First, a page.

Update December 21, 2021
“FTO was seminal in both the conception and the eventual creation of, this important paper and its conclusive peer-reviewed science. Everyone who will benefit from the clinical use of psilocybin owes a great debt to the credentialed scientists who did this work.”
Carey Turnbull, Executive Director, Freedom to Operate, Inc.
Peer-reviewed study out today shows three most pharmaceutically relevant crystalline forms of psilocybin have been consistently created and observed since 1959.
FTO’s PGR Petition Filing Milestone
Update December 16, 2021
Freedom to Operate filed yesterday a petition for Post Grant Review of Compass patent number 10,947,257 at the USPTO. The PGR Petition explains that Compass’s patent claims, directed to an oral dosage form containing its “Polymorph A” psilocybin and an excipient called silicified microcrystalline cellulose, are invalid for a number of reasons. The Petition and the expert declarations filed with it from Dr. Sven Lidin and Dr. James Kaduk explain that “Polymorph A” is a mixture of known psilocybin polymorphs, not a new polymorph as claimed. Compass’s patent is therefore invalid as claiming a nonexistent polymorph, and also obvious in light of prior art samples of psilocybin and previous clinical studies teaching the use of psilocybin to treat depression. Compass’s patent is also invalid because it does not explain how to determine the claimed characteristics of the psilocybin and SMCC in the claimed oral dosage form.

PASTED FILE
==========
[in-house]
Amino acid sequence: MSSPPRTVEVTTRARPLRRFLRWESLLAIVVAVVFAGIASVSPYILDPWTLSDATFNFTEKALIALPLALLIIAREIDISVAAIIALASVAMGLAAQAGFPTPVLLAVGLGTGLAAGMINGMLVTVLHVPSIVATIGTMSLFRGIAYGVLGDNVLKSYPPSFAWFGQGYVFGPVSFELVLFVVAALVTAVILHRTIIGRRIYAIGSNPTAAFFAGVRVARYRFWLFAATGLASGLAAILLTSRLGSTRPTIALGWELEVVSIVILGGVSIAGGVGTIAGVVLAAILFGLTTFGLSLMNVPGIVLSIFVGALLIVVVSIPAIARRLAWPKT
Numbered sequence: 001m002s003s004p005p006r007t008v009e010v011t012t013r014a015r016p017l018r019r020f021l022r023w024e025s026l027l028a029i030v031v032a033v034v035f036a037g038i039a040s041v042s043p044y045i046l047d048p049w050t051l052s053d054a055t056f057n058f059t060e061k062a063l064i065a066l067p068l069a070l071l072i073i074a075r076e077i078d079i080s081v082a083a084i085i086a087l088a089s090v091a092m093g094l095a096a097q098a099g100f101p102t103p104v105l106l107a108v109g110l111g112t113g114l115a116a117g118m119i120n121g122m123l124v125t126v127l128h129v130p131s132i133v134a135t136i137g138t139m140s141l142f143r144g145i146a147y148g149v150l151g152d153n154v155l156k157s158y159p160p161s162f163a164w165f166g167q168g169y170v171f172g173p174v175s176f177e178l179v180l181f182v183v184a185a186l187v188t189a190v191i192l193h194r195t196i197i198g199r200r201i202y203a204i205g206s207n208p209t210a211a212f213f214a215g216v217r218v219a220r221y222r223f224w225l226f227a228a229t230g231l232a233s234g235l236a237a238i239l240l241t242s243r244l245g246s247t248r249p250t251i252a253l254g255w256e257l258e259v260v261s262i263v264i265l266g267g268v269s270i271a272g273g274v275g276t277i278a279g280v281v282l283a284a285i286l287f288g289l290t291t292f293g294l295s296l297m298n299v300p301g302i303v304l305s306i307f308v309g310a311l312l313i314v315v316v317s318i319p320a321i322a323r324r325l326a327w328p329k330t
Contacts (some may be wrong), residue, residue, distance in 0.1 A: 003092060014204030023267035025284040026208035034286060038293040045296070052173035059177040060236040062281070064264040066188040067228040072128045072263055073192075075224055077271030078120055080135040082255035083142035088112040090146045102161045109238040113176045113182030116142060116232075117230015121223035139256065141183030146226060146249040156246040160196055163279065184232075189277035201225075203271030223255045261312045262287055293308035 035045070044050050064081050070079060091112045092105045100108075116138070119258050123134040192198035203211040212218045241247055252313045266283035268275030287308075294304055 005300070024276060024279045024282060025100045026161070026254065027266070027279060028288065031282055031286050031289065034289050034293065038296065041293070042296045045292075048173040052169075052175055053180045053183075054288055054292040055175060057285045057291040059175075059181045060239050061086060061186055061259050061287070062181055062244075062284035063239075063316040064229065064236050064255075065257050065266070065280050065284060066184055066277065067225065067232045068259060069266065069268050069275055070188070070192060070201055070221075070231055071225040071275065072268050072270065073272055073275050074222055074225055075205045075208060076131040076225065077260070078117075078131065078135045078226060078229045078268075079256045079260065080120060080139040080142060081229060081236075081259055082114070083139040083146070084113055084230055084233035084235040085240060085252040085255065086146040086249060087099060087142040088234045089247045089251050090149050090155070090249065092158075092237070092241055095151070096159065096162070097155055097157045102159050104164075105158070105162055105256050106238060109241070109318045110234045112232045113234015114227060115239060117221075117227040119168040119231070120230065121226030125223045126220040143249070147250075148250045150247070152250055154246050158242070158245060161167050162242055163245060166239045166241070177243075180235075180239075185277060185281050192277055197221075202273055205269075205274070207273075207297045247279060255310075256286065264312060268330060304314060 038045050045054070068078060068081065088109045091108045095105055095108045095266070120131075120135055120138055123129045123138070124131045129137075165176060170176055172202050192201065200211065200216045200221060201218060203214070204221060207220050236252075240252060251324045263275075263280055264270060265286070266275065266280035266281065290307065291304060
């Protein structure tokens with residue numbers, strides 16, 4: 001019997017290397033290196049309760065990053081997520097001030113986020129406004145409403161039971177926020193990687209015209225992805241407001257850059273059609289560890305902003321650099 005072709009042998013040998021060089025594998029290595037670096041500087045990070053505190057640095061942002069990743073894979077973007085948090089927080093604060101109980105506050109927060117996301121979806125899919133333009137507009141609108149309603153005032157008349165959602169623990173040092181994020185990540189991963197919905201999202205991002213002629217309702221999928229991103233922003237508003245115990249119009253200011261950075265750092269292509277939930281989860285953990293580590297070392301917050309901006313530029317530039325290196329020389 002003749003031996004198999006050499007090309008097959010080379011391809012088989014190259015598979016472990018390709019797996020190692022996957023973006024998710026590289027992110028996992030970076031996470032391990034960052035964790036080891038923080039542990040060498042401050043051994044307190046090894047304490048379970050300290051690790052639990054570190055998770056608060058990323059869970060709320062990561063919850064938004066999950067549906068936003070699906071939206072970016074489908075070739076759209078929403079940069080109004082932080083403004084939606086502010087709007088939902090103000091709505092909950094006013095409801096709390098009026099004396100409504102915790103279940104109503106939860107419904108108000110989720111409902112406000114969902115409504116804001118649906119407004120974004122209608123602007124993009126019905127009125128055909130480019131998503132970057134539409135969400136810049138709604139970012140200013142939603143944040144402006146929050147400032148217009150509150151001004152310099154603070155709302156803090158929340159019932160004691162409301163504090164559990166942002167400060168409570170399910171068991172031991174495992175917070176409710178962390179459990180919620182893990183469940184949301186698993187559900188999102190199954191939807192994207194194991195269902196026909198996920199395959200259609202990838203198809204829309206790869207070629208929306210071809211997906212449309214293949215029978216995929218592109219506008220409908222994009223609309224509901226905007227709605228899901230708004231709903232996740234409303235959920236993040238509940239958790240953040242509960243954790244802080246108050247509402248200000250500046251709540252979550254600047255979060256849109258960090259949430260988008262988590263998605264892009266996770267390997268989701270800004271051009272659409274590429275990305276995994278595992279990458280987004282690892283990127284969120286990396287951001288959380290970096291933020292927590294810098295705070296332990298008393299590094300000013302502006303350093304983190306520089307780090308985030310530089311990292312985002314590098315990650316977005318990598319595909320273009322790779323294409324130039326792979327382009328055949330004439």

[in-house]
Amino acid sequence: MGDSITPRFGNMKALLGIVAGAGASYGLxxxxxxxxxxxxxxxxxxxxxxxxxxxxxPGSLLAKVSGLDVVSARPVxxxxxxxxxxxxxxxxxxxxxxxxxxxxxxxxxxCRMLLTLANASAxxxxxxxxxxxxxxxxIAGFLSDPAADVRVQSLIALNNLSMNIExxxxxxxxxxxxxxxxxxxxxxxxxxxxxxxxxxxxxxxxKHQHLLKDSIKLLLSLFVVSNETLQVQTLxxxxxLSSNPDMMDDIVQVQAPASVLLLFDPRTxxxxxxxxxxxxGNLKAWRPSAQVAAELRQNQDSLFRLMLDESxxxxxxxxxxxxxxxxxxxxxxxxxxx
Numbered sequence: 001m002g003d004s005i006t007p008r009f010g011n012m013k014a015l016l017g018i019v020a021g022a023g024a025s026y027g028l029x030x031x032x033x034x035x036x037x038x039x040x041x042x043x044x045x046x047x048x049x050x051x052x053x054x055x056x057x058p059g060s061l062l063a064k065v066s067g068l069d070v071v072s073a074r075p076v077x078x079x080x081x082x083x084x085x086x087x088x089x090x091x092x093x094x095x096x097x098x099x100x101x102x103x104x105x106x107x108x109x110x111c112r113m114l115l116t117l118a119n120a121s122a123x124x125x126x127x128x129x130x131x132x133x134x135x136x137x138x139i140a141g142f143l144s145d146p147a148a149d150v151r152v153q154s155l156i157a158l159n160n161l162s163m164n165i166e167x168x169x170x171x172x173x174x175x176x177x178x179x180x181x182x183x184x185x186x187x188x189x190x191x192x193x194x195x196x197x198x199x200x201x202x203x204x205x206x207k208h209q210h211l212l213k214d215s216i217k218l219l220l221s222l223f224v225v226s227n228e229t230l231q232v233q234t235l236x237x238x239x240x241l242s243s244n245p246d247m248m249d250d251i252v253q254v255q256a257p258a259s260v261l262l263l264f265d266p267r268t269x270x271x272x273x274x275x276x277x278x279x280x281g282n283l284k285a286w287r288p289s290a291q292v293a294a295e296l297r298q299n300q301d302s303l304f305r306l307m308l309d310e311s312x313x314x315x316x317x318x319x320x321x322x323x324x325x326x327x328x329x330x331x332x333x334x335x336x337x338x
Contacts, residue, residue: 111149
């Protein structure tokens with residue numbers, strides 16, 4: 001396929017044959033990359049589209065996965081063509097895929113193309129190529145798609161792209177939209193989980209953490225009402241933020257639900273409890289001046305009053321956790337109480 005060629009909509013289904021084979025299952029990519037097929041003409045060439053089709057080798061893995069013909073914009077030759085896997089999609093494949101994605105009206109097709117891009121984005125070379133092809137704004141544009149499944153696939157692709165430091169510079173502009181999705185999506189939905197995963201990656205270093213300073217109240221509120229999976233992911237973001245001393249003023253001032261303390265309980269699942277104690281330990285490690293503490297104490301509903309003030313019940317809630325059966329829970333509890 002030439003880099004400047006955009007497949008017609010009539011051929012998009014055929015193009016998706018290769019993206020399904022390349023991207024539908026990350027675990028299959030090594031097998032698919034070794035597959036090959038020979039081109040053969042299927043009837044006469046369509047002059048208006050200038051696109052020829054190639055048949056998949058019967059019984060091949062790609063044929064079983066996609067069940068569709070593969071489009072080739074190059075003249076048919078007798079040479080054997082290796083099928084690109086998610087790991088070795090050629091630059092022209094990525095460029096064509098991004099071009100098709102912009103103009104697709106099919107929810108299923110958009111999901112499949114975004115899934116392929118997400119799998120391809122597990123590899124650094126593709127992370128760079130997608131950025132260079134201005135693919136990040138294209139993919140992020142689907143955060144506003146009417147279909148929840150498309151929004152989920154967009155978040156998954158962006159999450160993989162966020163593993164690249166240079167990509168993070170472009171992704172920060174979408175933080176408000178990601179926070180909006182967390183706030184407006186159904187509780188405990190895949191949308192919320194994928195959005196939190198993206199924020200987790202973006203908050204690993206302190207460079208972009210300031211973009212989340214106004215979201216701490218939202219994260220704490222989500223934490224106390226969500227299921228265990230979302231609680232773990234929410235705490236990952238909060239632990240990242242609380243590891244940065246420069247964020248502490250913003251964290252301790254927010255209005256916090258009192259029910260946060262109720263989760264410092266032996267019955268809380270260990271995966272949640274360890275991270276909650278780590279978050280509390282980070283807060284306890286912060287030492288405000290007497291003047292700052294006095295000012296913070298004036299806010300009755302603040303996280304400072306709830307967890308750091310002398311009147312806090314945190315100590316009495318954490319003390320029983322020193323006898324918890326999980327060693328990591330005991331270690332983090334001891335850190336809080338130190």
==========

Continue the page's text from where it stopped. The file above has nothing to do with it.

Freedom to Operate, Inc. filed this petition to further its mission to challenge mistakenly issued patents, in particular in the widely researched psychedelic space. Gathering the evidence supporting the Petition and preparing and filing it required several years and close to a million dollars in funding on the part of FTO. In the course of its work, FTO and its research collaborators identified a dozen or so sources of psilocybin with sufficient forensic provenance, many predating the Compass patent, that was extensively analyzed and tested. The production of hard science by world-class chemists and crystallographers used state-of-the-art X-ray powder diffraction, including crystallography analysis done on the synchrotron at Argonne National Laboratory, a multidisciplinary science and engineering research center that works in concert with universities, industry, and other national laboratories on questions and experiments too large for any one institution to do by itself. A psilocybin sample was obtained from the US Government National Institute of Drug Abuse, which was determined to be original Sandoz material dating from 1963, and others were obtained from several Universities and research institutions well known for their work on psilocybin for decades. The sample most extensively used to document the preexistence of the well-known anhydrous polymorph was made by renowned psychopharmacologist and founder of Heffter Research Institute Dave Nichols, and had been supplied to the prolific Johns Hopkins University psilocybin research lab of Roland Griffiths.